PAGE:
Resilience, recently adapted for cities by the UN-Habitat New Urban Agenda (2016) is an old concept that defines “the persistence of systems and of their ability to absorb change and disturbance and still maintain the same relationships between populations or state variables” (Holling, 1973: 14). Initially seen as an alternative to a wasteful lifestyle, it has come to represent the optimistic belief that cities can survive risks and be seen not just as the "problem" of global warming but also as its "solution".
Sustainability has been a source of legitimate fascination for urban studies due to diverse academic approaches. The United Nations Environmental Programme has been stimulating this issue since the 1970s, and in 1977 the Declaration for Habitat I in Vancouver gave it a strong outlining. The main concern of the organization has been rapid and sprawling urban growth, which threatens the natural, economic and social life of cities and threatens their sustainability.
In Mexico, there are close to 30 towns and locations with heritage status, as well as many that have a combination of cultural and natural history. This has produced public policies which facilitate the management of these historic districts. Local and Urban Governance has been an essential area of discussion for geographers since the 1980s and this is reflected in the launch of its first Study Group in 1984 by the IGU, which was subsequently promoted to becoming a Commission in 1988. Its main concern was understanding connections between spatial processes and territorial institutions.
Since cities have been largely threatened in different Braudelian historical times, this meeting will compare experiences in a global context, examining the particular and common characteristics of cities, the economic, social and environmental difficulties they present, and assessing the effectiveness of public and communal responses to these issues.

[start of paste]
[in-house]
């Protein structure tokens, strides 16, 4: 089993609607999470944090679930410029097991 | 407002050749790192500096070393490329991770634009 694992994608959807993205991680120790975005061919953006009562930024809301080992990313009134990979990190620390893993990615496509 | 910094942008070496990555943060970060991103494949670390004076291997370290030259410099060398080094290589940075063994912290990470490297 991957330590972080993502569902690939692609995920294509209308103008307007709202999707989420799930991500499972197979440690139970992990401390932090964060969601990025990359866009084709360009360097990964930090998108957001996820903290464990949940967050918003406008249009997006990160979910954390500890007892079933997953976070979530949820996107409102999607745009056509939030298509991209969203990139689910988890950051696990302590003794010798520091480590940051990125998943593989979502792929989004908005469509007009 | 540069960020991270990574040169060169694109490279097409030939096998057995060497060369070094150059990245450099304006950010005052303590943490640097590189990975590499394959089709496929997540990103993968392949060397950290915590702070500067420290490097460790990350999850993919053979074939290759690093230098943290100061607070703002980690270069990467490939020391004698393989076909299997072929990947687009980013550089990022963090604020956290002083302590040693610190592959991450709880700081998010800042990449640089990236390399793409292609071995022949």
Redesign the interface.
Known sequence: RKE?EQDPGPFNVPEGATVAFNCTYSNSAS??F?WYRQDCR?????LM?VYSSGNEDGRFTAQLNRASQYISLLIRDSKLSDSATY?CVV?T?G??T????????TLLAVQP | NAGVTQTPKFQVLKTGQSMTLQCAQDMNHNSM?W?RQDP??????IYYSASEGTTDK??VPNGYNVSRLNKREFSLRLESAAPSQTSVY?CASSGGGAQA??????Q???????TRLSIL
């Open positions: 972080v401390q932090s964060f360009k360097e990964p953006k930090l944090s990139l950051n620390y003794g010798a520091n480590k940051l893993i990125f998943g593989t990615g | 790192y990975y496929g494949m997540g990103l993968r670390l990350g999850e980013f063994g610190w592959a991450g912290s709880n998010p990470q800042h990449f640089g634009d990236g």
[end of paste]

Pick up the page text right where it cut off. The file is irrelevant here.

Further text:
Questions to be answered include whether local and urban administration processes can help make sense of past and current urban states and developments; if local/urban governance can be a catalyst for public policy alterations towards sustainable urban growth; if resilient cities can be an answer to global risks; as well as how this can be reinforced within our six commissions at the 2023 meeting.
With a view from both developed and developing contexts, the meeting of six IGU Commissions in Mexico will offer an excellent opportunity to discuss two main streams of knowledge—resilience and governance—in contemporary cities and other human settlements. It aims to bring together distinct geographical specialties in urban and local governance, history, demography, urban studies, and ecology to stimulate new research on cities.
- C20.15: Commission on Geography of Governance
- C20.17: Commission on Geography of Tourism, Leisure, and Global Change
- C20.18: Commission on GeoHeritage
- C20.30: Commission on Latin American and Caribbean Studies
- C20.37: Commission on Population Geography
- C20.42 Urban Commission: Re-Thinking cities and the urban: from the global to the local
Manuel Suárez holds a degree in Political Science and Public Administration from the Facultad de Estudios Superiores Acatlán. He holds a Master’s degree in Urban Planning from the University of California, Berkeley. He also holds a PhD in Geography from UNAM. He held the post of director of the Institute of Geography from 2016 to 2020. He was re-elected as director for a second period (2021-2024). His work as a researcher has focused on urban structure and transport, which has led him to collaborate in various projects with academia and several government agencies. He is a tutor in the postgraduate course in Urban Planning, as well as a tutor and professor in the postgraduate course in Geography at the University.
Javier Delgado holds a degree in Architecture from the Faculty of Architecture of the National Autonomous University of Mexico (UNAM). He holds a Master’s degree in Research and Teaching in Urban Planning and a PhD in Urban Planning, both from the Faculty of Architecture at UNAM. He did a research stay from January to June 1993 at the Groupe de Recherche sur l’Amerique Latine at the University of Toulouse-Le Mirail, France, under the direction of Claude Bataillon. His main lines of research are: Urban and Regional Structure, National Urban System and Urban-Regional Interface. He is currently the director of the University Program of City Studies at UNAM.